English adventurer, Ben Fogle, recently wrote about his visit to the African country of Tanzania, where a mass vaccination program was set up to immunize dogs against rabies.
In the West, we consider dogs to be “a man’s best friend,” and well this is true, in some parts of the world a dog bite can mean a painful death. Over 70,000 people die every year of rabies, with a large percentage of that being children.
Rabies in the West is not very common, whereas in countries like Asia, India and sub-Saharan Africa, dogs who haven’t been vaccinated for rabies are a threat to public safety. Rabies in humans is not curable, and it is a painful death. Scientists say that vaccinating dogs is an effective way to get rid of rabies outbreaks in dog populations.
In Tanzania public health officials set up dog vaccinations centers in 180 villages. Before the vaccinations centers were started, there were, an average of 50 rabies deaths every year in Tanzania. After the vaccination centers were set up, the number dropped to zero.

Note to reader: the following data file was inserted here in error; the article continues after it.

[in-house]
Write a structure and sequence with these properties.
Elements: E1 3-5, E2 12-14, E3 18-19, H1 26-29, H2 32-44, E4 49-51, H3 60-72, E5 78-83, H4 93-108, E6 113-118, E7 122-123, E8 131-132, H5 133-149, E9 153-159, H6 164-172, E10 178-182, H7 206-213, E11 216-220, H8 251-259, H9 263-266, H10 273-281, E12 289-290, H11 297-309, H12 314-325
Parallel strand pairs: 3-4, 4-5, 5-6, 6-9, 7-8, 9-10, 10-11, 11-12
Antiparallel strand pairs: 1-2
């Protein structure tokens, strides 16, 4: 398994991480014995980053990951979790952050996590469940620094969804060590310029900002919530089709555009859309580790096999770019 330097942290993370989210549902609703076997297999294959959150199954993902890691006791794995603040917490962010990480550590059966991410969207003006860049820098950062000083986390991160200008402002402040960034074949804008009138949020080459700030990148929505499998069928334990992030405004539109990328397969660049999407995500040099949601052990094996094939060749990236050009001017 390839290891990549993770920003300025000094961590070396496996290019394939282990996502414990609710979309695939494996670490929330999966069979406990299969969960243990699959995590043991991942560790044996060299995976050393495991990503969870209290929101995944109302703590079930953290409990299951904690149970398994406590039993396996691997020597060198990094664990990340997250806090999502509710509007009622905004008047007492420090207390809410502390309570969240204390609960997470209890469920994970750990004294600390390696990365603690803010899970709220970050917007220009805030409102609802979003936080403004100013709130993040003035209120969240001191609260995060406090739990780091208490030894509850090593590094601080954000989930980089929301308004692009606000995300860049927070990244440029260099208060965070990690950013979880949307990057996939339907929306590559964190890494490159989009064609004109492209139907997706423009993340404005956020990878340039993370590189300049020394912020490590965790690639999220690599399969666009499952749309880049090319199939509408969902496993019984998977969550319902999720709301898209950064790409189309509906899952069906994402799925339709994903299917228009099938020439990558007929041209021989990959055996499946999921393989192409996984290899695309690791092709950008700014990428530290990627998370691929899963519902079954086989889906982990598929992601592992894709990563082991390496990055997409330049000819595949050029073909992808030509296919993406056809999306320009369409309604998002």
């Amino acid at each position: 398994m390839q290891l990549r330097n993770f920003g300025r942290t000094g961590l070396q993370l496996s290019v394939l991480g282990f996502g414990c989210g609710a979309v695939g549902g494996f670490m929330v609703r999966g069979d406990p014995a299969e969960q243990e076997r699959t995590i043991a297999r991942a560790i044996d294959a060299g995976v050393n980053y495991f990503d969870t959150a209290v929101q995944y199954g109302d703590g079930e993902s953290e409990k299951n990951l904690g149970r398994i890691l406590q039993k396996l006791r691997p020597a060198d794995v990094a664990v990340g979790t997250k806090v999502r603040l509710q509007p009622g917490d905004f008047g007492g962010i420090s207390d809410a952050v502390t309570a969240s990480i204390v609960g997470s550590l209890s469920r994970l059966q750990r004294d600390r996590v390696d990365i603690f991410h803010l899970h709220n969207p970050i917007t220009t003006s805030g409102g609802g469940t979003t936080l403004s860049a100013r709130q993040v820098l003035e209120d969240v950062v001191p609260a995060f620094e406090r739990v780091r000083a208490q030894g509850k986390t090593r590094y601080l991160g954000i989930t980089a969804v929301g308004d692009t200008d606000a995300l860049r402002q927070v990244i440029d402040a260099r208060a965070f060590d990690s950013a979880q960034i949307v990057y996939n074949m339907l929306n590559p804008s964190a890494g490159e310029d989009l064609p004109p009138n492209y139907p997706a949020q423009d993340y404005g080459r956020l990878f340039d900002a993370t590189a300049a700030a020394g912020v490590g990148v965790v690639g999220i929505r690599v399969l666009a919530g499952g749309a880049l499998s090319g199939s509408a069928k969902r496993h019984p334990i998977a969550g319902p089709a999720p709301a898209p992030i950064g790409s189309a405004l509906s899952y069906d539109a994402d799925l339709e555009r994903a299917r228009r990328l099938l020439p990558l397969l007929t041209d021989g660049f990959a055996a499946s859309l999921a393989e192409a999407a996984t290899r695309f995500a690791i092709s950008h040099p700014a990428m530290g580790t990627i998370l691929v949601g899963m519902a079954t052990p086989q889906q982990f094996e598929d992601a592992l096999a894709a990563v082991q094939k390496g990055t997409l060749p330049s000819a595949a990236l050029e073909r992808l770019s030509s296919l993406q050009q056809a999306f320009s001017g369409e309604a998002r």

Ben Fogle had the chance to visit a vaccination centre, close to the village of Loliondo, in Northern Tanzania, where he witnessed dogs waiting with their owners.
“The long queue of dogs and their owners was an incredible sight. Many people had walked up to 10 km to have their dogs inoculated. Some children arrived pushing a cart full of dogs, while others held cardboard boxes packed with puppies,” said Fogle.
Fogle notes that local dogs in Tanzania are used as working dogs, for hunting and guarding, but he saw no shortage of affection between the dogs and their owners.
“One woman cuddled her dog closely, whispering into its ear while the vet injected the scruff of its neck. The dog yelped, growled and snapped as the team of vets administered the vaccination.”
Following the immunizations, the dogs are presented with a blue collar and a recored of immunization for the owner.
Fogle says it was “uplifting” to see the many Tanzanians on their way home surrounded by packs of dogs in smart collars, an initiative to rid the region of rabies, protecting humans and local wildlife.